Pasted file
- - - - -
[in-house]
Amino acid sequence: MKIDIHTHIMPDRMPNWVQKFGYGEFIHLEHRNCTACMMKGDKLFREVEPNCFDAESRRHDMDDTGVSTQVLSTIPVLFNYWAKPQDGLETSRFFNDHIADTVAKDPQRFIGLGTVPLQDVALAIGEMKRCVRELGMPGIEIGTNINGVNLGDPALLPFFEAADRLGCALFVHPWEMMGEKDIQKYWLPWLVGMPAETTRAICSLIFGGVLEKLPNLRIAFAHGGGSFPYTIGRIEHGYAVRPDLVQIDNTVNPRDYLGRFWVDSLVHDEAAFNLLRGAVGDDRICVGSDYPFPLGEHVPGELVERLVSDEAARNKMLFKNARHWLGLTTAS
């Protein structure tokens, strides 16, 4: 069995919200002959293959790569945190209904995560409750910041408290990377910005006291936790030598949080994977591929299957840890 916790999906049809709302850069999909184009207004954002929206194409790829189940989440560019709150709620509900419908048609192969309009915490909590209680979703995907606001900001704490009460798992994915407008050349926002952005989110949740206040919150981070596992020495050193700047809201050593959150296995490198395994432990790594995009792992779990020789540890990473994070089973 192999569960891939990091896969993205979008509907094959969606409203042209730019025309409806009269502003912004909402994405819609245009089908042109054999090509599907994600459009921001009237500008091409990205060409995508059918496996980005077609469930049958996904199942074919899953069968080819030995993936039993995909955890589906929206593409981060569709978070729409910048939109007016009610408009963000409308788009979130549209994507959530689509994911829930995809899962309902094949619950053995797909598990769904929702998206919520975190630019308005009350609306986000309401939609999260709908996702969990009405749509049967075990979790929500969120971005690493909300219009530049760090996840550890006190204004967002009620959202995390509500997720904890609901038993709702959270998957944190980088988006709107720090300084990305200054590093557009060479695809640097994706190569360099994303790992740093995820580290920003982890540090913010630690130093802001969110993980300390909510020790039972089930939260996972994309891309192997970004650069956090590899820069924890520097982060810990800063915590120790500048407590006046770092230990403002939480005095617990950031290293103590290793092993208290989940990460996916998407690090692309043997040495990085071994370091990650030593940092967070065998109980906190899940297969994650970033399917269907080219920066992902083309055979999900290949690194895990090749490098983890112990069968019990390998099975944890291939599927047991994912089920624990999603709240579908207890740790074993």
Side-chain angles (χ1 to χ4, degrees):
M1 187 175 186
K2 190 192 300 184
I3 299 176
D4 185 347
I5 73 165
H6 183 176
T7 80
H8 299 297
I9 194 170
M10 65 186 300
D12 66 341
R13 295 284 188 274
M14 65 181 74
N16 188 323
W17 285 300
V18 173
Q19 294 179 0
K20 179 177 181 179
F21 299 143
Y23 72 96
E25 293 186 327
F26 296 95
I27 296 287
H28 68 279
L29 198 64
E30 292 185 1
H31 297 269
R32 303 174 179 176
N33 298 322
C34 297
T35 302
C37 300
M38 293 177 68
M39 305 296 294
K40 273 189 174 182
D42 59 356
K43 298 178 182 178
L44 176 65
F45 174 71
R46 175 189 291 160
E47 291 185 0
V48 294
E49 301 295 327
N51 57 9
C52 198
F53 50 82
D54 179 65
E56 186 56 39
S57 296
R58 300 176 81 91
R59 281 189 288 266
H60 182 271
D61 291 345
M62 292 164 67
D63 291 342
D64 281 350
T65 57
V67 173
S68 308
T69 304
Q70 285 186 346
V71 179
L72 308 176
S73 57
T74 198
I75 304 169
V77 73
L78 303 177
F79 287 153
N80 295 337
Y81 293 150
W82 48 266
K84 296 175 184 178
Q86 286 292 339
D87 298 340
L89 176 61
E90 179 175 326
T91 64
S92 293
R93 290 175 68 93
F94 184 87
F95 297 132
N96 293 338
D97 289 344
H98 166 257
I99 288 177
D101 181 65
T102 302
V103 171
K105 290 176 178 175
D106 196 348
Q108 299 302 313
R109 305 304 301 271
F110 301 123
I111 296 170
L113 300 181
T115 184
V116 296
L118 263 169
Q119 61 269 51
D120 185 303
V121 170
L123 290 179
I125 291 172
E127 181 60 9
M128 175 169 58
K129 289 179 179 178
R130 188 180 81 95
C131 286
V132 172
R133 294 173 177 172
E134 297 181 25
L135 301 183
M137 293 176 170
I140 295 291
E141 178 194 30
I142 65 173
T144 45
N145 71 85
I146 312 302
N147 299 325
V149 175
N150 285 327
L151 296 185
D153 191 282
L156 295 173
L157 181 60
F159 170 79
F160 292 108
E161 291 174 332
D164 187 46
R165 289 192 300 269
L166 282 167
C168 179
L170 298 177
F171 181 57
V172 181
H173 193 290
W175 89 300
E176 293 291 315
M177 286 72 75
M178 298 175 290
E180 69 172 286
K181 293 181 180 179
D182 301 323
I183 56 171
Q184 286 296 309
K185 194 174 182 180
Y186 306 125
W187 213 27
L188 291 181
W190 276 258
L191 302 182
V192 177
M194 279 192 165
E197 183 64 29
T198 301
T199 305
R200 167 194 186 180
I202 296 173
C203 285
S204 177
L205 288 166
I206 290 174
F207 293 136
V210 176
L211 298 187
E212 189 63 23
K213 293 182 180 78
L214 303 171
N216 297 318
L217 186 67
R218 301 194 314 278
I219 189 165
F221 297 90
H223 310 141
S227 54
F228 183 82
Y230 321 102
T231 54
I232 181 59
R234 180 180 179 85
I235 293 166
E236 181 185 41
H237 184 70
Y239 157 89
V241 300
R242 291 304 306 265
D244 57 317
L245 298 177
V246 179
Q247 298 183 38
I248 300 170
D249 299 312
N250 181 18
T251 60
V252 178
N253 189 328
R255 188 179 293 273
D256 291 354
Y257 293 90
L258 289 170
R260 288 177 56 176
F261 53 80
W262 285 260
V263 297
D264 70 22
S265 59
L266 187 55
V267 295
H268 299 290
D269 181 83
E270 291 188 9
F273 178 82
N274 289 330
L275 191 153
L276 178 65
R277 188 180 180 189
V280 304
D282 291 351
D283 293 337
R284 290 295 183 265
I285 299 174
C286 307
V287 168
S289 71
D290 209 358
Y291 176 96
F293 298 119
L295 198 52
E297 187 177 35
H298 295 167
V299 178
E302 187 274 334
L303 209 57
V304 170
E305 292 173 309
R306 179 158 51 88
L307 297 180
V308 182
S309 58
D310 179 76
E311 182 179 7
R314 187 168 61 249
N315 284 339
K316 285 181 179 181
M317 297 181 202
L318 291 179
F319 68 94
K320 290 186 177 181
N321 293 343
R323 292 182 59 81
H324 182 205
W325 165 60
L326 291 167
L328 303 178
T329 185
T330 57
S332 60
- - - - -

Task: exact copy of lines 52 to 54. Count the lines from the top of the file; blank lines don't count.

E56 186 56 39
S57 296
R58 300 176 81 91